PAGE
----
said anything about blocks. They are a major complication in the
language and have everything to do with methods automatically
evaluating themselves whenever they are referenced instead of just when
you want them to.

An improved Self (read: simpler!) should somehow unify blocks and
non-autoevaluate methods.

Richard wrote:
> Marko Mikulicic wrote:
> >     1. If methods are so "volatile", they cannot be taken in hand,
> > touched, handled, from where did all these method come from? answer:
> > with slot initialization. The slot initialization syntax is then
> > something different, special. The mirrors are something extern to
> > the language and can be useful to handle, for example, names of
> > slots in a debugger, but not something so essential as methods.
> I think you make a very good point. Until now, I had set aside my
> unease with initialization syntax; I don't think I'll be doing this
> anymore. :-)

Object creation would have been complicated back in the text based days
of Self without the special syntax. Now that everything is graphical,
this is not such a big issue.

But "ex nilo" creation of objects *is* a big issue in prototype based
languages. If all objects are created from copying and changing other
objects, where did the first one come from? And how do you express this
"changing an object"?

Self's primitives, such as _AddSlots:, have the unfortunate feature of
not solving this problem. They take an object as an argument (and where
did *that* come from?):

    ( | x <- 10 | ) _AddSlots: ( | y <- 15. parent* = traits point | )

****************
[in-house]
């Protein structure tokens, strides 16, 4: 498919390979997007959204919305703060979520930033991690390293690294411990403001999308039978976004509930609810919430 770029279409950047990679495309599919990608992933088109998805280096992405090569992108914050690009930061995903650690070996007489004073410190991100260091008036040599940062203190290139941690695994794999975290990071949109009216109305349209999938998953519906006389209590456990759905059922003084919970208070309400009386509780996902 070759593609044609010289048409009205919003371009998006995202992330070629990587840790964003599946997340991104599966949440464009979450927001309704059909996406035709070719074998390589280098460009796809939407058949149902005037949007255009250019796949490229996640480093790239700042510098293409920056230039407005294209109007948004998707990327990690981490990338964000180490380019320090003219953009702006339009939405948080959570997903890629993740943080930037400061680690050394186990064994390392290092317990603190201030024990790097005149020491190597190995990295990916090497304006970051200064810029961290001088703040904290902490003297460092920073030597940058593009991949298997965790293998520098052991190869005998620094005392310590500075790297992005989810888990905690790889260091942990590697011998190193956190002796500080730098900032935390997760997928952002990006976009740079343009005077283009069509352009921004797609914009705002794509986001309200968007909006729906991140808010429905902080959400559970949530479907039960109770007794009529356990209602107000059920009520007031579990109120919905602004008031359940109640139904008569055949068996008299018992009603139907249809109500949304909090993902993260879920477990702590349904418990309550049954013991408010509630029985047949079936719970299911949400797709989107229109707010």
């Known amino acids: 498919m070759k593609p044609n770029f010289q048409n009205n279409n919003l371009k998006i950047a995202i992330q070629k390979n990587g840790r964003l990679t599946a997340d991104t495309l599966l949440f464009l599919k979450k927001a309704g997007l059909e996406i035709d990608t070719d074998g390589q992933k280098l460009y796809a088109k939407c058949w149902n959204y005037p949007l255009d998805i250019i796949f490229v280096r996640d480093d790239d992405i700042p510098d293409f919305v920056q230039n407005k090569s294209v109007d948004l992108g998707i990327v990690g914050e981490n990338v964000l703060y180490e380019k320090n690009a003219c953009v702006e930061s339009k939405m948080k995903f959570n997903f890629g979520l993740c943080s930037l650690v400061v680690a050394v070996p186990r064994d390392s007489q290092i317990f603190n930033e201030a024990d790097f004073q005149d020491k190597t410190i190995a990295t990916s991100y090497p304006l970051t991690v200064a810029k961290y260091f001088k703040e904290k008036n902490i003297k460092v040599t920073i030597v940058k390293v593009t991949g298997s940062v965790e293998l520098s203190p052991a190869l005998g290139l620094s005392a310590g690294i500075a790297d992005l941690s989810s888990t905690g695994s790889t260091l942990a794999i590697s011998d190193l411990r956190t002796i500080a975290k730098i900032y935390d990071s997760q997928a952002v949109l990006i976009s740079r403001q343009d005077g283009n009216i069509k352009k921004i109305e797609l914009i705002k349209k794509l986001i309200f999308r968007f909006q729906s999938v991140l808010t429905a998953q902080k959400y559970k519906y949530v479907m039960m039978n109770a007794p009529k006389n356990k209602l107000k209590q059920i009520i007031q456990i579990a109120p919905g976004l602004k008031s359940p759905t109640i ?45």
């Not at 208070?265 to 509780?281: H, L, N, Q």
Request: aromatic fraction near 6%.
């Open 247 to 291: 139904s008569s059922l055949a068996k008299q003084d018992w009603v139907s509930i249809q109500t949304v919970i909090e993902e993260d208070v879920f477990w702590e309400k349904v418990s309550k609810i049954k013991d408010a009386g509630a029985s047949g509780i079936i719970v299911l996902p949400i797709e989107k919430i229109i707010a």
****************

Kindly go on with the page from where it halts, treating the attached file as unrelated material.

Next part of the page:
If we had something more like "_AddSlotNamed:WithValue:" then it would
be possible to bootstrap the system without a parser that started out
knowing the slot initialization syntax.

> Does Self have special syntax in x: slots to indicate assignment of a
> value to the x slot, or is it automatic that if a slot x exists then
> x: /will/ assign its parameter to the slot x? (You know, I'd
> completely forgotten that x: could just be a one-parameter method.) If
> it's the latter then it doesn't make sense to ask for the method
> associated with that slot. OTOH, if special syntax is used in x: slots
> then the same scheme should be used in x! slots.

In theory you could write

    ( | x = 10. x: = <- | )

instead of

   ( | x <- 10 | )

I don't have my Sun around here to test it, but tinySelf 0 complains
about a syntax error in the first version. You can write

   ( | x = 10. x: = ( | :arg | arg * arg ) | )

so you can see that the association between "x" and "x:" isn't entirely

-- Jecel